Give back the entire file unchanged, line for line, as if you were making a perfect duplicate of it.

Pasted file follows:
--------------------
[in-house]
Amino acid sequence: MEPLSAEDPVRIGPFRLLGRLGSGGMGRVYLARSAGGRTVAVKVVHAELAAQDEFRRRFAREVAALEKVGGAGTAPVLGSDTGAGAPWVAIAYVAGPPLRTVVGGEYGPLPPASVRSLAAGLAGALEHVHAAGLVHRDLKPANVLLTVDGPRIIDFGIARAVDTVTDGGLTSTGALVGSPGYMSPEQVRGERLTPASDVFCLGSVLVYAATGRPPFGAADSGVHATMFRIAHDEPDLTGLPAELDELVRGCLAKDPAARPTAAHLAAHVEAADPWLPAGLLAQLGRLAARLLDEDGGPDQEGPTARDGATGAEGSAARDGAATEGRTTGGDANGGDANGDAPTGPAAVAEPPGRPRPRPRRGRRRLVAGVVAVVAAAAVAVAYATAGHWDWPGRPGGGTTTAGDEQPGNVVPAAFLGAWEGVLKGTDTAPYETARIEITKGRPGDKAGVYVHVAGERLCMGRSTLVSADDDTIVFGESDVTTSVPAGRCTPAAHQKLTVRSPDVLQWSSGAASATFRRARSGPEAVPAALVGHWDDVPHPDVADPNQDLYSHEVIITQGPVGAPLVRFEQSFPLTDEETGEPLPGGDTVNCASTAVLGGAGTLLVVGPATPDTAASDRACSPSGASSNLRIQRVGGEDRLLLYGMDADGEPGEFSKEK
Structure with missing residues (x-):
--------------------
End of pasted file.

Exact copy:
[in-house]
Amino acid sequence: MEPLSAEDPVRIGPFRLLGRLGSGGMGRVYLARSAGGRTVAVKVVHAELAAQDEFRRRFAREVAALEKVGGAGTAPVLGSDTGAGAPWVAIAYVAGPPLRTVVGGEYGPLPPASVRSLAAGLAGALEHVHAAGLVHRDLKPANVLLTVDGPRIIDFGIARAVDTVTDGGLTSTGALVGSPGYMSPEQVRGERLTPASDVFCLGSVLVYAATGRPPFGAADSGVHATMFRIAHDEPDLTGLPAELDELVRGCLAKDPAARPTAAHLAAHVEAADPWLPAGLLAQLGRLAARLLDEDGGPDQEGPTARDGATGAEGSAARDGAATEGRTTGGDANGGDANGDAPTGPAAVAEPPGRPRPRPRRGRRRLVAGVVAVVAAAAVAVAYATAGHWDWPGRPGGGTTTAGDEQPGNVVPAAFLGAWEGVLKGTDTAPYETARIEITKGRPGDKAGVYVHVAGERLCMGRSTLVSADDDTIVFGESDVTTSVPAGRCTPAAHQKLTVRSPDVLQWSSGAASATFRRARSGPEAVPAALVGHWDDVPHPDVADPNQDLYSHEVIITQGPVGAPLVRFEQSFPLTDEETGEPLPGGDTVNCASTAVLGGAGTLLVVGPATPDTAASDRACSPSGASSNLRIQRVGGEDRLLLYGMDADGEPGEFSKEK
Structure with missing residues (x-):